What’s My Scene: Baltimore
Wed 10th Oct, 2012 in Features
As part of a new series, Sydney expat CHRISTIAN J BEST gives us his guide to Baltimore, a city where experimentation is encouraged if not expected. A former member of Talons, Best has formed a new band, Smoke Bellow, with fellow Aussie Meredith McHugh (The Rational Academy). Their debut EP ‘Old Haunts’ is out now, and they’ll be touring next month in support.
Coming from Sydney it’s fair to say the adjustment to Baltimore life was quite an undertaking. Poverty, danger, recession and overhead helicopters – as depicted on the reasonably accurate The Wire – are all factors that pervade everyday life here. But there’s an uplifting feeling that hangs about in this town. In summer it’s echoed with vegetation growing over everything and sweaty shows a plenty. More or less a big small town, Baltimore has more amazing bands than you can poke a stick at, and a scene where experimentation is encouraged, to the point of being almost expected. There is crossover everywhere, with many people sharing projects. As seen below, it’s a card shuffle of musical personalities. I wish I had 20 slots to fill. So, please read on in the knowledge that the following bands are just the frosty tip of a shiny iceberg.
Other Colors began as the bedroom pop project of Will Ryerson. From these beginnings it bloomed, broadening in scope from homespun 4-track hiss into soaring, mystically enhanced “spectral pop”. These songs manage to exude undeniable uplift vibes. It’s a carefree, adventurous spirit. Will has a particular gift for birthing earworms, too. They burrow your head for days, almost to the point of being annoying. Testimony of this comes in the song ‘Dark Things’, an effortless bit of refined guitar-pop. Other Colors’ new record Free Thoughts will be released later this year, so you’re sure to hear more of them real soon.
Highly lauded locally, Horse Lords are a special band. Its four members – Andrew Bernstein, Owen Gardner, Sam Haberman and Max Eilbacher – musically function like four separate limbs. Independent, yet sharing a torso; a Krauty torso, with some distinctly African genes detectable here and there. It’s worth noting that both Owen and Max re-fretted their bass/guitar necks to sound chromatic scales, essentially bending the expectation of our western ears, they play frenetic phrases in repetition. Behind them, the dual percussion of Sam and Andrew propels forward through scapes that stretch out over linear timelines, each element bowing in and out to intermingle, interact, or sometimes ignore the others. I hear bands get described as “mind blowing” too often, but Horse Lords are the real deal, the sort of band that elicits feelings of disbelief in their audience, followed by long wistful sighs, shrugs and post coital hugs.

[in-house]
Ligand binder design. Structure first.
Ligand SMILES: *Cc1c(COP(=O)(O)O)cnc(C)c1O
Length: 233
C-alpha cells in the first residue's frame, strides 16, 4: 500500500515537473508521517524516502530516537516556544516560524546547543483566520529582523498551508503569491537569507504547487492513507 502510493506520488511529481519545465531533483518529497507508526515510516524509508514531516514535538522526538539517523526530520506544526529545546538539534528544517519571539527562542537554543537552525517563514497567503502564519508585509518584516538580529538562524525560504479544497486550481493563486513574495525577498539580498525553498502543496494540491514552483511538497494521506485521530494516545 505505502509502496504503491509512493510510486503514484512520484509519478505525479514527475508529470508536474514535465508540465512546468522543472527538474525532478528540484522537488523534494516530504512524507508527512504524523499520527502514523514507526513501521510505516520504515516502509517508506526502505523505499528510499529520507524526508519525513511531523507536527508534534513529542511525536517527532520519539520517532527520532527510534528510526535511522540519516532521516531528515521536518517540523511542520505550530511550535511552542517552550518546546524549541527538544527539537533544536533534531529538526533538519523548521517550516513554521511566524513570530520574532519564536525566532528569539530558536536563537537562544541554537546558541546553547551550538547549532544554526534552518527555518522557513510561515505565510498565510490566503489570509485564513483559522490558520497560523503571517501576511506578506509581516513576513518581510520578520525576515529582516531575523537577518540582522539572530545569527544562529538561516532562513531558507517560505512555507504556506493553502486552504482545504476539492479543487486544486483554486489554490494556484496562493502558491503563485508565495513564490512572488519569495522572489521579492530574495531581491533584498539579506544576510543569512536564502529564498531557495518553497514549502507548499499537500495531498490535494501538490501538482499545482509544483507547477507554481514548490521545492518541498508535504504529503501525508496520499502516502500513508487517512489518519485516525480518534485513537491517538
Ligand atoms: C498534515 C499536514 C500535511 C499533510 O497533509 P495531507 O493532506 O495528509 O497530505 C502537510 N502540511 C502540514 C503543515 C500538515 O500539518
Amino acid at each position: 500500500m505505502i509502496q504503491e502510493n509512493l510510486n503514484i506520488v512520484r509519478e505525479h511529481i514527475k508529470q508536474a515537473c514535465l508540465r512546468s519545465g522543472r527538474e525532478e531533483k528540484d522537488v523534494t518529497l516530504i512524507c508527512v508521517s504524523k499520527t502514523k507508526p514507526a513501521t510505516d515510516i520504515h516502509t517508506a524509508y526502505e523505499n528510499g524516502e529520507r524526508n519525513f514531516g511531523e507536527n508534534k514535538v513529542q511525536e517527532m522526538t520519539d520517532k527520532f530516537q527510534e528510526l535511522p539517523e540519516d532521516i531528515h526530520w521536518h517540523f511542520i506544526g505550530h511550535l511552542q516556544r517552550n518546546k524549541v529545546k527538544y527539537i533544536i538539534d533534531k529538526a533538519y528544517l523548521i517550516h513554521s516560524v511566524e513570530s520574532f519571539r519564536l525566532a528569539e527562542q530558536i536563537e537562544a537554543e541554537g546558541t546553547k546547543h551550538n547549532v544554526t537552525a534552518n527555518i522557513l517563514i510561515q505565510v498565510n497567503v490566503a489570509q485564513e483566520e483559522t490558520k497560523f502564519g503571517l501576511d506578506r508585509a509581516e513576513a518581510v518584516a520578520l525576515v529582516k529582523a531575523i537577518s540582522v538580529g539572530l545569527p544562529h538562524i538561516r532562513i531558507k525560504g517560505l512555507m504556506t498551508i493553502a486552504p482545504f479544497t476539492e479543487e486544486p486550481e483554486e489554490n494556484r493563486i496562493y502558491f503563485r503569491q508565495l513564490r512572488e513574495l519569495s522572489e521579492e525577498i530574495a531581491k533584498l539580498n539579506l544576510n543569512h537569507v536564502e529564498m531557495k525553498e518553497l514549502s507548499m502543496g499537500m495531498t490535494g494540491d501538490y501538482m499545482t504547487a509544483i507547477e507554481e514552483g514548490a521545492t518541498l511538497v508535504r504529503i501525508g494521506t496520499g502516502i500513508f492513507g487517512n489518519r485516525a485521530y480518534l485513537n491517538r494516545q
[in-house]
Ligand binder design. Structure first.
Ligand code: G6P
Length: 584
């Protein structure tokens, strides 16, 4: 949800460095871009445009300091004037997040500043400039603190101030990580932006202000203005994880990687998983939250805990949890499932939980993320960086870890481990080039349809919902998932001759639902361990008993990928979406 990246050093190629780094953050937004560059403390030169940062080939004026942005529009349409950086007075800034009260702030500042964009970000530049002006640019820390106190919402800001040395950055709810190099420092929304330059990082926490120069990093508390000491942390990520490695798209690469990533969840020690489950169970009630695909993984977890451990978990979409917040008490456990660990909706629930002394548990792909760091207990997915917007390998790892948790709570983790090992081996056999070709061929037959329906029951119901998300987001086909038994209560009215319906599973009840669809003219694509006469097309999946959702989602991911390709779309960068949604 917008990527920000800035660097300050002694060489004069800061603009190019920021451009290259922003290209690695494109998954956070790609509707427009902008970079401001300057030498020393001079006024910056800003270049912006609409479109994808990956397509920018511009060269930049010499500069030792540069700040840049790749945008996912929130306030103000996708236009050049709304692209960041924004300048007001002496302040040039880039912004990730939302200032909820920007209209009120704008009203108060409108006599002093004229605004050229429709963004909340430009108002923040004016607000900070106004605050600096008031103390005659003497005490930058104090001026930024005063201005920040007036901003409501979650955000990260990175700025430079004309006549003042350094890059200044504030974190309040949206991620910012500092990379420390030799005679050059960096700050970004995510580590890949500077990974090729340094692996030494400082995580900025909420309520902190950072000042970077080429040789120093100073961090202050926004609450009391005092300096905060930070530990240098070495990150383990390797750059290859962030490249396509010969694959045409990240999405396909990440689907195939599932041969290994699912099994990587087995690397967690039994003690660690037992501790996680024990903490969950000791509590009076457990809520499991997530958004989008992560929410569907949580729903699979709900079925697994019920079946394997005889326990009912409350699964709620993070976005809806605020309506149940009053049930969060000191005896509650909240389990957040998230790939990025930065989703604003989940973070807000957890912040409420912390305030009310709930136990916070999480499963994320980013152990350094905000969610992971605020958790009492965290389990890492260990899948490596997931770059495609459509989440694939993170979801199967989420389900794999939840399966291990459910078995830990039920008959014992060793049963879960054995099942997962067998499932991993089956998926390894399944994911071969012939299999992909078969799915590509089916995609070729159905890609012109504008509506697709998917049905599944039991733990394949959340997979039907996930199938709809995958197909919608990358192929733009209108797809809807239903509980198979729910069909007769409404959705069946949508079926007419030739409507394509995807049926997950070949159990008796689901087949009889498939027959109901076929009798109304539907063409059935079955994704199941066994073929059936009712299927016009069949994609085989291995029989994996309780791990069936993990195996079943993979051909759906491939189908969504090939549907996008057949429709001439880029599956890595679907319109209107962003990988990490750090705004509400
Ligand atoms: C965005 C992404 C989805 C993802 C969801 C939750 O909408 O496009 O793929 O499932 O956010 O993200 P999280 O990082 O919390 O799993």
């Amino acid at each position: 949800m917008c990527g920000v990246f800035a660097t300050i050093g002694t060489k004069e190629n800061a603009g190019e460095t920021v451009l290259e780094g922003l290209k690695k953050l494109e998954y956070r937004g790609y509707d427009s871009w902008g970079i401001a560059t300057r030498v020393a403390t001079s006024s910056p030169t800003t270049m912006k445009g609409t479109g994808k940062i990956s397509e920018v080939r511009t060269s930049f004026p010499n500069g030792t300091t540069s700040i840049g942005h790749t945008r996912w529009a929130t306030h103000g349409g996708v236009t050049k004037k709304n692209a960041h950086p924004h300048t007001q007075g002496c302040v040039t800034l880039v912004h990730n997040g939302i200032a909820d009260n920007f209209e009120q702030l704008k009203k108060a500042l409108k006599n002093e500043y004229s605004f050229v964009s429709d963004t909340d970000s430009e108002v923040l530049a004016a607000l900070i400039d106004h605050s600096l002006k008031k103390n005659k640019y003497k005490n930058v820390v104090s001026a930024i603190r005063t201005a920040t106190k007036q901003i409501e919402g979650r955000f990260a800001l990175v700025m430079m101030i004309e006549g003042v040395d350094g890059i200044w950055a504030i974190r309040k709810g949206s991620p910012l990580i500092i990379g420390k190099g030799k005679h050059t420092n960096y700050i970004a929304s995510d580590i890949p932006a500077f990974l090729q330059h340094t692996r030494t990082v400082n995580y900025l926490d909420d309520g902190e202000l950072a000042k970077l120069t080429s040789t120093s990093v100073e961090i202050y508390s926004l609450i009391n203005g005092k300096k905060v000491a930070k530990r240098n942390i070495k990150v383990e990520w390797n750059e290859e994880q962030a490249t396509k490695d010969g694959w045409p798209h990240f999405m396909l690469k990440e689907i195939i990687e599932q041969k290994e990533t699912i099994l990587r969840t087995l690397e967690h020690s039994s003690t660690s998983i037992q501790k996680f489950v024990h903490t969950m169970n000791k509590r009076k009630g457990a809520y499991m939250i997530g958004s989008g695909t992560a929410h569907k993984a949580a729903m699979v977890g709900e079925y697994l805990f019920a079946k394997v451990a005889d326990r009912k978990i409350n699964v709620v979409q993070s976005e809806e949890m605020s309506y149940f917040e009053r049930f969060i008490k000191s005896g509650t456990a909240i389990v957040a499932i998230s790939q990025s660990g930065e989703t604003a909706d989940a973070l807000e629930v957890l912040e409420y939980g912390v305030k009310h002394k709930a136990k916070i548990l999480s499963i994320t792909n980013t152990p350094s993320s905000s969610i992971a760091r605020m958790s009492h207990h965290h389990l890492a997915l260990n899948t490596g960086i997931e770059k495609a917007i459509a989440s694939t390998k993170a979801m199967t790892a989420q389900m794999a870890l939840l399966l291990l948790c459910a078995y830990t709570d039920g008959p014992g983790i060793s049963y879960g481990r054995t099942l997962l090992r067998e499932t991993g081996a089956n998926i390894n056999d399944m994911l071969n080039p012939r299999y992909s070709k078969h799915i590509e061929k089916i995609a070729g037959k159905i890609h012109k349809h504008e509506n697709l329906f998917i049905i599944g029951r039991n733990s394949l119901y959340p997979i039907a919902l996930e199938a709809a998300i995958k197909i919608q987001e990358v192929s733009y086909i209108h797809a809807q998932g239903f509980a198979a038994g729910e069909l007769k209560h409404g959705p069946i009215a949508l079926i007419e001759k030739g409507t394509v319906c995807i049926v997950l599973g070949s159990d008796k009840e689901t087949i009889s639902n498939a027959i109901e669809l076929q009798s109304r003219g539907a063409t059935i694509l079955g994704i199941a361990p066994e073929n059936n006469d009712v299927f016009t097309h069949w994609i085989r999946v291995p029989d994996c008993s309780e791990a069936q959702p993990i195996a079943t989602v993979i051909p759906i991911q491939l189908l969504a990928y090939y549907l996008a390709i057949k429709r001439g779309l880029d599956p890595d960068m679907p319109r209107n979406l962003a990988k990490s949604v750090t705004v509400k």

Choosing Jon Ehrens is a bit sneaky. Although he does perform solo sometimes, he’s also involved in a million other great projects about town, so it’s a sly way of side-stepping my five band limit. Jon is insanely prolific. He churns out song-after-song, week-after-week under various guises. Sheer output aside, what is truly incredible about Jon’s turnout is that none of these projects share a common sound, resembling everything from oddball, hyper, weirdo pop (The Art Department); smooth ’80s throwback pop (White Life); the Guided by Voices-ish Spitting Images; and finally, modern radio-stroking R&B (Dungeonesse). All of these projects are 100 percent worth checking out, but well deserving of an honourable mention is Dungeonesse. Currently unreleased, Dungeonesse is a collaborative excursion into the world of mega-hit club jams with Jenn Wasner (another golden Baltimorean) of Wye Oak fame. I can already hear it blaring from open windowed cars next Summer.
Sarah Autrey makes doomy folk songs that send you to a certain time and place – for me it’s here and now. Her production walks a tight line between bedroom wash and studio polish, allowing just enough clarity to showcase her legit songwriting, while still maximising the haunt. Also, Sarah is excellent to witness live, providing some of the best stage banter I’ve ever heard, with subjects ranging from sex to sex.
Holy Ghost Party
Holy Ghost Party is the side project of Dave Jacober and Zach Utz, two members from another of Baltimore’s golden bands: Dope Body. I have seen them play close to eight times now, and every single time they have sounded like a completely different act. Once they were brown-note-doom-dub, the next, washy and breezy. It’s like roulette. A friend describes singer/drummer (who additionally drums in the Dan Deacon Ensemble) Dave Jacober’s personal disposition as “aggressive chill”. I think this description lends itself pretty well to Holy Ghost Party’s music, too. Sometimes it wears its anger on its sleeves, bludgeoning the audience in a straight out onslaught. Other times, it opts to bury its teeth under summertime sands. Either way, it’s a sheer delight for the show goer.
Smoke Bellow tour dates:
Saturday, November 3 – The Waiting Room, Brisbane
Sunday, November 4 – Gasometer, Melbourne
Friday, November 9 – Midian, Sydney